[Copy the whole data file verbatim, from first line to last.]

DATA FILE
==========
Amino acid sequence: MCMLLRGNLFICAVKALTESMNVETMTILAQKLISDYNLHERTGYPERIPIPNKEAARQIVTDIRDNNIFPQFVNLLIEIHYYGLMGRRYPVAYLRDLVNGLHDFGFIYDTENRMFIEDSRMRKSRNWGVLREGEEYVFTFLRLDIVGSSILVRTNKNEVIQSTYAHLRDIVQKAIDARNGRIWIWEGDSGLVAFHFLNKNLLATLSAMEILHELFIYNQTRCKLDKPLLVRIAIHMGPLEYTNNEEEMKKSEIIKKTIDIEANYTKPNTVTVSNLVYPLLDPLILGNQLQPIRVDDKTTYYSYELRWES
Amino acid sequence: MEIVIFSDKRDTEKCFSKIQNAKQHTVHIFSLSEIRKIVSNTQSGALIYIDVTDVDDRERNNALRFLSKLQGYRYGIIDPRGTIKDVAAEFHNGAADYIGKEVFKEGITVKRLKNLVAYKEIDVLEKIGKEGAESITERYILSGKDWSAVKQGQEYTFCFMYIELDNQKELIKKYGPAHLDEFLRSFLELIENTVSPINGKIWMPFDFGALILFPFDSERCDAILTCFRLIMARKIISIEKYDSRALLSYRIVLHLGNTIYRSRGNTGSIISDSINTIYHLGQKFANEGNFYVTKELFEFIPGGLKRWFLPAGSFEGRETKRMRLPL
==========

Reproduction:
Amino acid sequence: MCMLLRGNLFICAVKALTESMNVETMTILAQKLISDYNLHERTGYPERIPIPNKEAARQIVTDIRDNNIFPQFVNLLIEIHYYGLMGRRYPVAYLRDLVNGLHDFGFIYDTENRMFIEDSRMRKSRNWGVLREGEEYVFTFLRLDIVGSSILVRTNKNEVIQSTYAHLRDIVQKAIDARNGRIWIWEGDSGLVAFHFLNKNLLATLSAMEILHELFIYNQTRCKLDKPLLVRIAIHMGPLEYTNNEEEMKKSEIIKKTIDIEANYTKPNTVTVSNLVYPLLDPLILGNQLQPIRVDDKTTYYSYELRWES
Amino acid sequence: MEIVIFSDKRDTEKCFSKIQNAKQHTVHIFSLSEIRKIVSNTQSGALIYIDVTDVDDRERNNALRFLSKLQGYRYGIIDPRGTIKDVAAEFHNGAADYIGKEVFKEGITVKRLKNLVAYKEIDVLEKIGKEGAESITERYILSGKDWSAVKQGQEYTFCFMYIELDNQKELIKKYGPAHLDEFLRSFLELIENTVSPINGKIWMPFDFGALILFPFDSERCDAILTCFRLIMARKIISIEKYDSRALLSYRIVLHLGNTIYRSRGNTGSIISDSINTIYHLGQKFANEGNFYVTKELFEFIPGGLKRWFLPAGSFEGRETKRMRLPL